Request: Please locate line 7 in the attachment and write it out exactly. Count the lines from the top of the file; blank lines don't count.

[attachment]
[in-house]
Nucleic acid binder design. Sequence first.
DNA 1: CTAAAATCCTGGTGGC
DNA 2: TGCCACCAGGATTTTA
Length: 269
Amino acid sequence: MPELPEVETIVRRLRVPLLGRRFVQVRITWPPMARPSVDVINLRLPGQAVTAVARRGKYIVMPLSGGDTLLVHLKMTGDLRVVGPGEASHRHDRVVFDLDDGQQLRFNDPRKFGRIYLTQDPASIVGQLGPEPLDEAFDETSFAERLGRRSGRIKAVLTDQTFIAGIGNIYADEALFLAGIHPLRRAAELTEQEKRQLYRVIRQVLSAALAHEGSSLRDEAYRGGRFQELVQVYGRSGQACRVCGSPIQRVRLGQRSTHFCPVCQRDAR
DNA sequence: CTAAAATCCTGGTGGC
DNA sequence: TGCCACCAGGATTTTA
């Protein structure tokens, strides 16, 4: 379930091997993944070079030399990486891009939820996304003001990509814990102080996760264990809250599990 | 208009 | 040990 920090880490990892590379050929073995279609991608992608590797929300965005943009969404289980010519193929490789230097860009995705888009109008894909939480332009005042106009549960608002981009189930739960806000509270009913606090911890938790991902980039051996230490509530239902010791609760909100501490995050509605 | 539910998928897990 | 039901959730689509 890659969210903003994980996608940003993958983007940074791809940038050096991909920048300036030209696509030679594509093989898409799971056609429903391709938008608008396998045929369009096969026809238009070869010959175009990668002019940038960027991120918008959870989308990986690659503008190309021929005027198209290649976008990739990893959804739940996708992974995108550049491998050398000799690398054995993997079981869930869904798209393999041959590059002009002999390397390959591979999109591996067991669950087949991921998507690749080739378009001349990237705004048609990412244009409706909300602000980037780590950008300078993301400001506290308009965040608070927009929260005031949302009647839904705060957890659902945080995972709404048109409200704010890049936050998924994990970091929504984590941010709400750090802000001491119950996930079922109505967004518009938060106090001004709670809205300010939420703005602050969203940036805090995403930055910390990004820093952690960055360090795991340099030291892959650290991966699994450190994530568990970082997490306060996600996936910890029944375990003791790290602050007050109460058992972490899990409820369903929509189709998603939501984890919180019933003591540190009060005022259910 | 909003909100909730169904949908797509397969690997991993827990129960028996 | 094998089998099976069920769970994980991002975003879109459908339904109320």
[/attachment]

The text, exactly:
DNA sequence: CTAAAATCCTGGTGGC